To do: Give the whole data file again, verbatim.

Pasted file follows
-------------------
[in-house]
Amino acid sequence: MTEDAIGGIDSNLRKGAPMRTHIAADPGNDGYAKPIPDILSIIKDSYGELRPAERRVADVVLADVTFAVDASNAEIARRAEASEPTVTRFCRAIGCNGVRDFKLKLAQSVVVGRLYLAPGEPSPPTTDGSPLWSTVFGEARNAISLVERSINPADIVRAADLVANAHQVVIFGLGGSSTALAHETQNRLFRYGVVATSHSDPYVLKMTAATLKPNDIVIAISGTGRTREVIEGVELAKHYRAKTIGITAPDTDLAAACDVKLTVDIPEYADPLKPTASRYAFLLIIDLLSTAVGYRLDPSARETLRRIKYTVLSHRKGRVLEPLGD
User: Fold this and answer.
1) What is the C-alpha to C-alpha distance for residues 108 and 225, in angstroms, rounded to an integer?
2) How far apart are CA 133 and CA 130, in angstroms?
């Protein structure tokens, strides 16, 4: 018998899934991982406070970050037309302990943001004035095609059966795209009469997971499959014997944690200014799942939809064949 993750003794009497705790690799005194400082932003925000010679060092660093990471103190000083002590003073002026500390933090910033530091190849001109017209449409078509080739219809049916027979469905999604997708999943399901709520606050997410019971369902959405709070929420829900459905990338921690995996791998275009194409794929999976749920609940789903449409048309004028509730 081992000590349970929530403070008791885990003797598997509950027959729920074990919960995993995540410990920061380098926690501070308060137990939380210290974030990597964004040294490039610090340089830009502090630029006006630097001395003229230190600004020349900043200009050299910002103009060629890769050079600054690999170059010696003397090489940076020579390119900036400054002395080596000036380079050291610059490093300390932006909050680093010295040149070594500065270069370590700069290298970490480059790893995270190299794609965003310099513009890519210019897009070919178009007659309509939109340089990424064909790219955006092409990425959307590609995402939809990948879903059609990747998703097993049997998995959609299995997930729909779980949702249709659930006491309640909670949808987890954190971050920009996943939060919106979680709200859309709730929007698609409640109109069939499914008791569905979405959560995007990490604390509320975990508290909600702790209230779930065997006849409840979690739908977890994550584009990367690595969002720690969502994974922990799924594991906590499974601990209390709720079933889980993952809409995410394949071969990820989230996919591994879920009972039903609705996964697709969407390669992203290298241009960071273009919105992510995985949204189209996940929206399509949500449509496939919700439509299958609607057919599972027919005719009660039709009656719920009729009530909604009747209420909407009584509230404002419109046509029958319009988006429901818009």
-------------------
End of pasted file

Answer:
[in-house]
Amino acid sequence: MTEDAIGGIDSNLRKGAPMRTHIAADPGNDGYAKPIPDILSIIKDSYGELRPAERRVADVVLADVTFAVDASNAEIARRAEASEPTVTRFCRAIGCNGVRDFKLKLAQSVVVGRLYLAPGEPSPPTTDGSPLWSTVFGEARNAISLVERSINPADIVRAADLVANAHQVVIFGLGGSSTALAHETQNRLFRYGVVATSHSDPYVLKMTAATLKPNDIVIAISGTGRTREVIEGVELAKHYRAKTIGITAPDTDLAAACDVKLTVDIPEYADPLKPTASRYAFLLIIDLLSTAVGYRLDPSARETLRRIKYTVLSHRKGRVLEPLGD
User: Fold this and answer.
1) What is the C-alpha to C-alpha distance for residues 108 and 225, in angstroms, rounded to an integer?
2) How far apart are CA 133 and CA 130, in angstroms?
């Protein structure tokens, strides 16, 4: 018998899934991982406070970050037309302990943001004035095609059966795209009469997971499959014997944690200014799942939809064949 993750003794009497705790690799005194400082932003925000010679060092660093990471103190000083002590003073002026500390933090910033530091190849001109017209449409078509080739219809049916027979469905999604997708999943399901709520606050997410019971369902959405709070929420829900459905990338921690995996791998275009194409794929999976749920609940789903449409048309004028509730 081992000590349970929530403070008791885990003797598997509950027959729920074990919960995993995540410990920061380098926690501070308060137990939380210290974030990597964004040294490039610090340089830009502090630029006006630097001395003229230190600004020349900043200009050299910002103009060629890769050079600054690999170059010696003397090489940076020579390119900036400054002395080596000036380079050291610059490093300390932006909050680093010295040149070594500065270069370590700069290298970490480059790893995270190299794609965003310099513009890519210019897009070919178009007659309509939109340089990424064909790219955006092409990425959307590609995402939809990948879903059609990747998703097993049997998995959609299995997930729909779980949702249709659930006491309640909670949808987890954190971050920009996943939060919106979680709200859309709730929007698609409640109109069939499914008791569905979405959560995007990490604390509320975990508290909600702790209230779930065997006849409840979690739908977890994550584009990367690595969002720690969502994974922990799924594991906590499974601990209390709720079933889980993952809409995410394949071969990820989230996919591994879920009972039903609705996964697709969407390669992203290298241009960071273009919105992510995985949204189209996940929206399509949500449509496939919700439509299958609607057919599972027919005719009660039709009656719920009729009530909604009747209420909407009584509230404002419109046509029958319009988006429901818009």